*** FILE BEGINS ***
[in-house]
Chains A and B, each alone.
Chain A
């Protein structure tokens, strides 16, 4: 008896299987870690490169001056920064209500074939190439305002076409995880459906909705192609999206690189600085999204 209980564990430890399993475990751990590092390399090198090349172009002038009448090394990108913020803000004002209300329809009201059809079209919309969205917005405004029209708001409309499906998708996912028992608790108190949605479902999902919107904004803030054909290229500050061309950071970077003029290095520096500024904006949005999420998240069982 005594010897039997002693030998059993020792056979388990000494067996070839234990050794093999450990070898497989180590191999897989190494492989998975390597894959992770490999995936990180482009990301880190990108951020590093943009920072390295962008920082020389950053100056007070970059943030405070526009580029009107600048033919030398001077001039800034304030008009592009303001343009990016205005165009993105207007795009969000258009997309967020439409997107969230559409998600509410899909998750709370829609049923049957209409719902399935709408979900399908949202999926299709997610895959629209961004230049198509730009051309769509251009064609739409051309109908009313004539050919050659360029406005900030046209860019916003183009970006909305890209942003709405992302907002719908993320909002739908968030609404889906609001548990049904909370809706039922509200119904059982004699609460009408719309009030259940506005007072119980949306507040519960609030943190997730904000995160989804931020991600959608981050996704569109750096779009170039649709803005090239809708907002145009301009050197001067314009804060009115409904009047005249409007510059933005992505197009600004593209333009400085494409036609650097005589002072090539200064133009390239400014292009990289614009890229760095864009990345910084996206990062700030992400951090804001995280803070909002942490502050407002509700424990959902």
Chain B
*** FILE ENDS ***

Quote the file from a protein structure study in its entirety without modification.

[in-house]
Chains A and B, each alone.
Chain A
């Protein structure tokens, strides 16, 4: 008896299987870690490169001056920064209500074939190439305002076409995880459906909705192609999206690189600085999204 209980564990430890399993475990751990590092390399090198090349172009002038009448090394990108913020803000004002209300329809009201059809079209919309969205917005405004029209708001409309499906998708996912028992608790108190949605479902999902919107904004803030054909290229500050061309950071970077003029290095520096500024904006949005999420998240069982 005594010897039997002693030998059993020792056979388990000494067996070839234990050794093999450990070898497989180590191999897989190494492989998975390597894959992770490999995936990180482009990301880190990108951020590093943009920072390295962008920082020389950053100056007070970059943030405070526009580029009107600048033919030398001077001039800034304030008009592009303001343009990016205005165009993105207007795009969000258009997309967020439409997107969230559409998600509410899909998750709370829609049923049957209409719902399935709408979900399908949202999926299709997610895959629209961004230049198509730009051309769509251009064609739409051309109908009313004539050919050659360029406005900030046209860019916003183009970006909305890209942003709405992302907002719908993320909002739908968030609404889906609001548990049904909370809706039922509200119904059982004699609460009408719309009030259940506005007072119980949306507040519960609030943190997730904000995160989804931020991600959608981050996704569109750096779009170039649709803005090239809708907002145009301009050197001067314009804060009115409904009047005249409007510059933005992505197009600004593209333009400085494409036609650097005589002072090539200064133009390239400014292009990289614009890229760095864009990345910084996206990062700030992400951090804001995280803070909002942490502050407002509700424990959902």
Chain B